What looked to be a successful second launch of DARPA’s Falcon HTV-2 hypersonic vehicle has potentially taken a turn for the worse if DARPA’s Twitter feed is any indication. After successful launch, separation, contact with handlers on the ground, and entry into glide phase, the last we heard from DARPA via @DARPA_News doesn’t seem to bode well: “Range assets have lost telemetry with #HTV2. More to follow.”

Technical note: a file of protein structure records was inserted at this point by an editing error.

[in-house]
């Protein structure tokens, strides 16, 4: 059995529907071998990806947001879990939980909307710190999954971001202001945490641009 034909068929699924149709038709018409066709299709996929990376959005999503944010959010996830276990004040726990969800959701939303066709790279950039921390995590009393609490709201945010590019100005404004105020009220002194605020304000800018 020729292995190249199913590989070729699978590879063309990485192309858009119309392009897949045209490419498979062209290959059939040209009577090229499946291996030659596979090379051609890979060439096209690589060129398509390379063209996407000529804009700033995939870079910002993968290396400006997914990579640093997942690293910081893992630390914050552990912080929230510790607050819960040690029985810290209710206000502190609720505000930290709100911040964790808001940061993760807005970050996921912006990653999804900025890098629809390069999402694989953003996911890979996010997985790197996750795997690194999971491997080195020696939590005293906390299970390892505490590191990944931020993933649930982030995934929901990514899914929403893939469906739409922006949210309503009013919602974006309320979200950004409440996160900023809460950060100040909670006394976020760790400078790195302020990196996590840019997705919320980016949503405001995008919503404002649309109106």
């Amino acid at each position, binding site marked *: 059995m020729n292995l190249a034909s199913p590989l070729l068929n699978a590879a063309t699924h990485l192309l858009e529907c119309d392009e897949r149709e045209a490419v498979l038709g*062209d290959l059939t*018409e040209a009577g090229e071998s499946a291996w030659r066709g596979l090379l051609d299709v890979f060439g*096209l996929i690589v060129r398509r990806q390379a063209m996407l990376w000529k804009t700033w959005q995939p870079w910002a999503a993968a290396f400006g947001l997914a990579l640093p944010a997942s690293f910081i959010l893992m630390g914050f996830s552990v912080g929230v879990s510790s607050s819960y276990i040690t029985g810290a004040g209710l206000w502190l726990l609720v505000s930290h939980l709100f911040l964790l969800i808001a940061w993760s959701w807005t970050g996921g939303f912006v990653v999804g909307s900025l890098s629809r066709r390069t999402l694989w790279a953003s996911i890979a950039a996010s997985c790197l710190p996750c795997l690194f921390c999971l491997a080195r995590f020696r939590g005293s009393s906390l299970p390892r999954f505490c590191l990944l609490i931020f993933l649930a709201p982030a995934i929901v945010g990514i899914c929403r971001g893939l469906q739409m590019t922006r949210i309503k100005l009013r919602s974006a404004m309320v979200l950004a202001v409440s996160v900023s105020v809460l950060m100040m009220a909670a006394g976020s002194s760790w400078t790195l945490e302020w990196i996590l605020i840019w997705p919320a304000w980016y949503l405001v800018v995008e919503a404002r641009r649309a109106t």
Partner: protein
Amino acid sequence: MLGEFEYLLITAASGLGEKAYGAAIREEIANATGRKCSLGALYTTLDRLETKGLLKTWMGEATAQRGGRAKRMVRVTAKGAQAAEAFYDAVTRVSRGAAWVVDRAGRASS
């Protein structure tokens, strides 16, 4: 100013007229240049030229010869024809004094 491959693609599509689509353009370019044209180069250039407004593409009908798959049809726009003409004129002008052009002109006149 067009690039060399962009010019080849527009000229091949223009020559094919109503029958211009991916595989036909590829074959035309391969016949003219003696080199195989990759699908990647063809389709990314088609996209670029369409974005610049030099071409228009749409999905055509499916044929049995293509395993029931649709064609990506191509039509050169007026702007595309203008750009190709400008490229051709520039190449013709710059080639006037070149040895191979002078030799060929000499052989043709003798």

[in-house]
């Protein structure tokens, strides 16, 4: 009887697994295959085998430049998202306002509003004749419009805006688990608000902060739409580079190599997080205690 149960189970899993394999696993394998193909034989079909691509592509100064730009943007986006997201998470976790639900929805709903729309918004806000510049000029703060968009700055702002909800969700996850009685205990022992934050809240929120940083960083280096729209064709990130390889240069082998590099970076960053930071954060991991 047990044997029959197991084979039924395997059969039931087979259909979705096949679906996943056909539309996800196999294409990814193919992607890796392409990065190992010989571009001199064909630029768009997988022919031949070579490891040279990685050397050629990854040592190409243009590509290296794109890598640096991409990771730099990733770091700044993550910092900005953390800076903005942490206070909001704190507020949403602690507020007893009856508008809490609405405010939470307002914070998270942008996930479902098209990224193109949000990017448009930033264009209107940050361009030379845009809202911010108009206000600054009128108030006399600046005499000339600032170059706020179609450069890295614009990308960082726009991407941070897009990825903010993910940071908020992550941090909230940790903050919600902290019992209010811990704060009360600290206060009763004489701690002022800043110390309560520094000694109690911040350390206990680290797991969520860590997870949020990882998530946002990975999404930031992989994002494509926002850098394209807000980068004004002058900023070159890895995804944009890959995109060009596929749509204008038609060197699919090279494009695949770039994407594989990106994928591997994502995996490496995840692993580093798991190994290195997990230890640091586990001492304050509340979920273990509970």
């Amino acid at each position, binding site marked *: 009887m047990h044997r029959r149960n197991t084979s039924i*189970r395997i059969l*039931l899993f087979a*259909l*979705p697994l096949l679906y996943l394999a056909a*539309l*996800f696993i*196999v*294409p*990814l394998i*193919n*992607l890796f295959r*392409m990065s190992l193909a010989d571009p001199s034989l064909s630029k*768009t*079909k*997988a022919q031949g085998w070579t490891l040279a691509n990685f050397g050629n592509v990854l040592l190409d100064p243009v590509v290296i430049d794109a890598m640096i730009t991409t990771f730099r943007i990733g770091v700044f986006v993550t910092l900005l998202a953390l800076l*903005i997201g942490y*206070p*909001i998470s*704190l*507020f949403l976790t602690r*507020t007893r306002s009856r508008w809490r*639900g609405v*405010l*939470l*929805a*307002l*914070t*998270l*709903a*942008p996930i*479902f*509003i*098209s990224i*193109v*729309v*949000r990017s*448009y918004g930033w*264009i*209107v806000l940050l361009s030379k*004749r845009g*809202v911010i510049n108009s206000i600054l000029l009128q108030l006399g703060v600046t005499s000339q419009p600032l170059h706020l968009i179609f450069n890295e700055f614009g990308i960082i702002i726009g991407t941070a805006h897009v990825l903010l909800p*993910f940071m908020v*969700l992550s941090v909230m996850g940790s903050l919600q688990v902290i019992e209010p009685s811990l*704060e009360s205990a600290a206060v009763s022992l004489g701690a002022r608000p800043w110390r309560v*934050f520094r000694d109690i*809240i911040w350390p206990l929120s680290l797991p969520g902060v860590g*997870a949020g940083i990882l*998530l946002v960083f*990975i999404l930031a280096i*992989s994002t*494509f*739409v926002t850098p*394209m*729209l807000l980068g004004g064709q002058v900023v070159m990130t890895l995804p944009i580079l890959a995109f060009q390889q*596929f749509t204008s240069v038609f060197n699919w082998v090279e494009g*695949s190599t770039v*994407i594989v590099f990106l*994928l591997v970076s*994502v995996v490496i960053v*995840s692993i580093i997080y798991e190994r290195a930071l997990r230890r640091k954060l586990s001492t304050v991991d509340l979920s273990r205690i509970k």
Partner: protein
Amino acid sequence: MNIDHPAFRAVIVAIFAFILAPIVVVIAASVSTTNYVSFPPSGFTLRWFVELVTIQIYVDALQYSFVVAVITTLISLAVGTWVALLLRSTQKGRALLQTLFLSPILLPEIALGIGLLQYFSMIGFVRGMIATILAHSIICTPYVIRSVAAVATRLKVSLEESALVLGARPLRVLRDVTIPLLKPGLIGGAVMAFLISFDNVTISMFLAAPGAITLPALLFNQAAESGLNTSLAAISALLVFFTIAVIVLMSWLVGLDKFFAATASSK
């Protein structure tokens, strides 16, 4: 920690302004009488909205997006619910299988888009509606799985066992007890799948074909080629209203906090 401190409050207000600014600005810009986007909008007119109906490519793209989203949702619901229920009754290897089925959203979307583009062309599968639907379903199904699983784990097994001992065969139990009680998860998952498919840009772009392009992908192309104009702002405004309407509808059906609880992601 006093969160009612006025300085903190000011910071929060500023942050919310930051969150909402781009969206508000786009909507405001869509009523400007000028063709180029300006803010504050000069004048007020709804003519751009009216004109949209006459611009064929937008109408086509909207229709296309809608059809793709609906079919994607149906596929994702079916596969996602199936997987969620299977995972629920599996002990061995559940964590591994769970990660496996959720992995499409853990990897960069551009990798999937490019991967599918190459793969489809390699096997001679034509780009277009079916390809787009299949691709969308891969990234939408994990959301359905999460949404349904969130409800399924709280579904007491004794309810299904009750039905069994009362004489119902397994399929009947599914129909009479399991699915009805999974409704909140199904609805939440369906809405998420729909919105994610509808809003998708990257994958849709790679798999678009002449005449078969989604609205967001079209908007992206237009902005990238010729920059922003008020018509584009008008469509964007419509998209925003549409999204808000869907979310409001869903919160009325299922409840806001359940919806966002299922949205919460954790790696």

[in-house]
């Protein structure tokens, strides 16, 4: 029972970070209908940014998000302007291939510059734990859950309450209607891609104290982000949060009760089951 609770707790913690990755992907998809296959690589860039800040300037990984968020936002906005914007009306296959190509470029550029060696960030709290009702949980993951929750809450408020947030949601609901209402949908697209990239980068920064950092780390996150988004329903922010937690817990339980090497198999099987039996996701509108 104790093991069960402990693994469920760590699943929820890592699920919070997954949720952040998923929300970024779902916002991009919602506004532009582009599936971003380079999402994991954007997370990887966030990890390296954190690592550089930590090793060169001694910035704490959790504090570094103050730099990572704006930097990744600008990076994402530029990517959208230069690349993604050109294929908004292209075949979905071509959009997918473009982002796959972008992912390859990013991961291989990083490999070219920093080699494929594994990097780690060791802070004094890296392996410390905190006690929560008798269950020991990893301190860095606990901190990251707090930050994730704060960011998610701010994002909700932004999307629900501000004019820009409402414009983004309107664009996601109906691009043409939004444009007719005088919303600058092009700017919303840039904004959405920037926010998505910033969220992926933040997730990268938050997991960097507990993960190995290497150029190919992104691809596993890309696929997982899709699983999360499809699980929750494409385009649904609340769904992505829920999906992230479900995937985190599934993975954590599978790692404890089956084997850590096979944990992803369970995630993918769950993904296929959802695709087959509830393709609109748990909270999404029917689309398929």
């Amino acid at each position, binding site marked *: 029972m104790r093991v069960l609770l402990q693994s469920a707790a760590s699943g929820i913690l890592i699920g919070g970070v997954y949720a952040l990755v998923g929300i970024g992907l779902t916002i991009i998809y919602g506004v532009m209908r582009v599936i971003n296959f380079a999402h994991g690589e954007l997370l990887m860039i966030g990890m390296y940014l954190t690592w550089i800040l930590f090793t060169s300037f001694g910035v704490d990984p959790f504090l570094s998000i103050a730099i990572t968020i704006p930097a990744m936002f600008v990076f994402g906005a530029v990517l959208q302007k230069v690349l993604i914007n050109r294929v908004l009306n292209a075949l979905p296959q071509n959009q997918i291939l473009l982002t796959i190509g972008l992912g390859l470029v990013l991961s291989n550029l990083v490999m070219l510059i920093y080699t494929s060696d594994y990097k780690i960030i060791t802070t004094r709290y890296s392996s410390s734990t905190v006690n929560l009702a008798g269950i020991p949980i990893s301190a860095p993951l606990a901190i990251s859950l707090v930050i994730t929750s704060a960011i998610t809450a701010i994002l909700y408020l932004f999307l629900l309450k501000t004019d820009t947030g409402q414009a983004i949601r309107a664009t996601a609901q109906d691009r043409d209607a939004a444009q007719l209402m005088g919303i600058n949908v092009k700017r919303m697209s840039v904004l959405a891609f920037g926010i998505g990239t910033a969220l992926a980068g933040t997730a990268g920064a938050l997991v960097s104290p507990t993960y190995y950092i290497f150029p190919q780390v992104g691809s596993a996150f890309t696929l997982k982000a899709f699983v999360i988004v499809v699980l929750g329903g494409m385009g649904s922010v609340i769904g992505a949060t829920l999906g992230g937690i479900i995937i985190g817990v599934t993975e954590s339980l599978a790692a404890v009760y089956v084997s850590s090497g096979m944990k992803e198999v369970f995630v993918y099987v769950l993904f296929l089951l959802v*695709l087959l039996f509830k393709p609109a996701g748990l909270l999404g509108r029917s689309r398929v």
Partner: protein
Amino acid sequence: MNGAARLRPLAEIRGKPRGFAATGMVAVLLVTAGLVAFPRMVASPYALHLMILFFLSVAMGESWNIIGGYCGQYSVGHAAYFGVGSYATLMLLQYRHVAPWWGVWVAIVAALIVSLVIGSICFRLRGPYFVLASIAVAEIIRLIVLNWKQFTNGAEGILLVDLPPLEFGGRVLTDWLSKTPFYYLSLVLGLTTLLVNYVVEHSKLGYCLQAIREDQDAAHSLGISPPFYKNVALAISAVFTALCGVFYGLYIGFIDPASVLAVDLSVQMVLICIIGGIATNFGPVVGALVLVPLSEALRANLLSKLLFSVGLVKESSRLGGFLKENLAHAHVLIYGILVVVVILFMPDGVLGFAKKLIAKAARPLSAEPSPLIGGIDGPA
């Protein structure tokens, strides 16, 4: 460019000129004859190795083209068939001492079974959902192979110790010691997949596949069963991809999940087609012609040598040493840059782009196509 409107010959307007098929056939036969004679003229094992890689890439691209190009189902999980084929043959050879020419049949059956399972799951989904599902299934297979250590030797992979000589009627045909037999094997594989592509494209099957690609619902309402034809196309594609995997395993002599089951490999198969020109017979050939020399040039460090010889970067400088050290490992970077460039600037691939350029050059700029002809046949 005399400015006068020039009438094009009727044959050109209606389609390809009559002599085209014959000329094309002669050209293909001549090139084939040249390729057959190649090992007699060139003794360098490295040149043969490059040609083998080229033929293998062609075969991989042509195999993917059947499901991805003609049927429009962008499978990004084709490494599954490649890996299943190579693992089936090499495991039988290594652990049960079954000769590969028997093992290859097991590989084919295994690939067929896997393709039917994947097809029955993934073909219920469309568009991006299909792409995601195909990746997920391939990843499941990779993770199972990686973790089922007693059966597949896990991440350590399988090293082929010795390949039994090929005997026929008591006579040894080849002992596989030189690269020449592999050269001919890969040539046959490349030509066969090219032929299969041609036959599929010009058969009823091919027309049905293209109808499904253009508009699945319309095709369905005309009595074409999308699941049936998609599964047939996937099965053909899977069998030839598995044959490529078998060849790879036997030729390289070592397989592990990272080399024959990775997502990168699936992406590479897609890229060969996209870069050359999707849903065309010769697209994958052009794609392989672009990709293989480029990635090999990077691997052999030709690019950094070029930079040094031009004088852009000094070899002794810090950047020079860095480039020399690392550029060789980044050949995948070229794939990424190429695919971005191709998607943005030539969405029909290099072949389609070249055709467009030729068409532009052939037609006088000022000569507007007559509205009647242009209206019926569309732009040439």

That was almost an hour ago at the time of this posting, and more has not followed. So we don’t know if that translates to a fully successful flight or to some kind of vehicle failure. We’ll update here when we have more info.HTV-2 was developed with one straightforward objective in mind: travel from anywhere on Earth to anywhere else on Earth in an hour. And with that goal in mind, DARPA has engineered a very fast vehicle. HTV-2 rides to near orbital speeds aboard a Minotaur rocket at which point it separates and enters a powered glide phase as it rides back to Earth at speeds topping Mach 20. That’s roughly 13,000 miles per hour (reportedly it is capable of a top speed approaching 17,000 miles per hour). In other words, fast enough to do New York to L.A. in 12 minutes, or London to Sydney in the aforementioned 60 minutes.